Christopher Paolini was 15 when he began writing Eragon, Book One of the Inheritance Cycle. Now, nearing 30, he enjoys a success that is as magical as the fantasy novels he writes. His Inheritance Cycle (Eragon, Eldest, Brisingr and Inheritance) has sold over 35 million copies worldwide and is available in 125 countries in 49 languages. His journey has been extraordinary.
While most kids were playing baseball and soccer, Christopher, who was homeschooled, taught himself how to fence, weave, paint, and read ancient languages, and became expert at woodworking. He built a forge and created his own medieval armor. He read 3,000 books.
After graduating from the accredited distance-learning high school, American School, Christopher put pen to paper on his first novel. Inspired by the fantastic view of the jagged Beartooth Mountains from his bedroom window in Paradise Valley, Montana, he created a vibrant, compelling fantasy world. Helped by his family, Christopher self-published Eragon in February 2002. They sold nearly 10,000 copies through diligent self-promotion (including sales from the family car and Paolini visiting schools to address students his own age, in medieval costume).
In a few short months, everything changed. A Montana bookseller gave author Carl Hiaasen’s 12-year-old stepson—on vacation with his family—a copy of Paolini’s Eragon. The boy devoured it, declaring it better than Harry Potter. Hiaasen called his editor at Alfred A. Knopf Books for Young Readers in New York. Quickly acquiring the series, Knopf (an imprint of Random House Children’s Books) edited the self-published Eragon and released it in August 2003, when Christopher was 19. It was an instant bestseller. Six months after publication, Eragon had already sold 1 million copies.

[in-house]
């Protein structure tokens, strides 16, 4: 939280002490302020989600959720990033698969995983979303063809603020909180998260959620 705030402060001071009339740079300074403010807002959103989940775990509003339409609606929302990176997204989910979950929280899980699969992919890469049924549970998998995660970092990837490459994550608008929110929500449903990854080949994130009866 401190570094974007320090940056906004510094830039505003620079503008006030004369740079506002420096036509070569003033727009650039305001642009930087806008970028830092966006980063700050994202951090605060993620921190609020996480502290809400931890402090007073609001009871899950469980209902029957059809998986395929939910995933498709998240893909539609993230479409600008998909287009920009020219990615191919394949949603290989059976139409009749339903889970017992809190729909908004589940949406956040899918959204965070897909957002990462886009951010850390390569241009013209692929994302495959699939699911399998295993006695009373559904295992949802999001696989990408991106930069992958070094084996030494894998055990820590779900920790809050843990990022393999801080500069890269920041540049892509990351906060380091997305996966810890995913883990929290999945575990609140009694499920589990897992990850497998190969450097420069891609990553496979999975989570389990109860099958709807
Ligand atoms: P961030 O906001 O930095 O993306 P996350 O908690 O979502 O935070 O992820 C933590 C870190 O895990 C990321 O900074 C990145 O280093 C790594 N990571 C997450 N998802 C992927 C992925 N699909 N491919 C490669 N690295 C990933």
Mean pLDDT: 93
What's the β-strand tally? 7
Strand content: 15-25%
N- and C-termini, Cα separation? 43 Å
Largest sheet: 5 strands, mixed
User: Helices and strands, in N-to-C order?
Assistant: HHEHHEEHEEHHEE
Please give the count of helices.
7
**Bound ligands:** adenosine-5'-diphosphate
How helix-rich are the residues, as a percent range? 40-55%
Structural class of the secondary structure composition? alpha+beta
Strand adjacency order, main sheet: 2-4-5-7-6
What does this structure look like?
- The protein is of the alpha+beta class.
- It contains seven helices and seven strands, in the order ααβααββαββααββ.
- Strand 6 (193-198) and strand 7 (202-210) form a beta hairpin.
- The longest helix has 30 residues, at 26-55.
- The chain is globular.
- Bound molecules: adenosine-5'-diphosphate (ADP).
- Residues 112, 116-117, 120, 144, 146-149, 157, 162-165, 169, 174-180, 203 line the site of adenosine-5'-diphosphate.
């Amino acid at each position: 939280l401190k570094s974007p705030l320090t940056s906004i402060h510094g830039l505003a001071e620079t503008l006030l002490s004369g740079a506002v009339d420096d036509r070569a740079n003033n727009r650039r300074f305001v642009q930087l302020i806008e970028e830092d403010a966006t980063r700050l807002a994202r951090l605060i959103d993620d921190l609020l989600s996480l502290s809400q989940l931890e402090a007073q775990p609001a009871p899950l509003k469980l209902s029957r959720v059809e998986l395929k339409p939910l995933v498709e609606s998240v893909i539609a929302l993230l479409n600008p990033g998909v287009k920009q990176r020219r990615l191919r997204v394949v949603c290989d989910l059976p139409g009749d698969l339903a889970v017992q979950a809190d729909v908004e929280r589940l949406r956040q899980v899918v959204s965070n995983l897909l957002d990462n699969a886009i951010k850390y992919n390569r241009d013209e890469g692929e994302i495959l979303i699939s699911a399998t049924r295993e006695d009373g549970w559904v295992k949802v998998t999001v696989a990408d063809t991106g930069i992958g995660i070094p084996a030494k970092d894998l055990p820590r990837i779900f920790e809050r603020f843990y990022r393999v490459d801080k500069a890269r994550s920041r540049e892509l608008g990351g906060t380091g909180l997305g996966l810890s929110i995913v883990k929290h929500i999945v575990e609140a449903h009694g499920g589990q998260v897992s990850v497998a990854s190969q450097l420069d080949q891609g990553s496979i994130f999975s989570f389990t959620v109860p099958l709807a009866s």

Knopf recently celebrated the 10th anniversary of this worldwide phenomenon with the release of a collector’s edition of ERAGON on October 22, 2013. This faux-leather bound edition features gold-foil line art on the cover and six glossy, full-color original illustrations on the interior by award-winning artists who inspired Paolini—John Jude Palancar (the Inheritance Cycle cover artist), Michael Hague, Donato Giancola, Ciurelo, and Raoule Vitale—as well as Paolini himself.
We had the opportunity to chat with Christopher Paolini…
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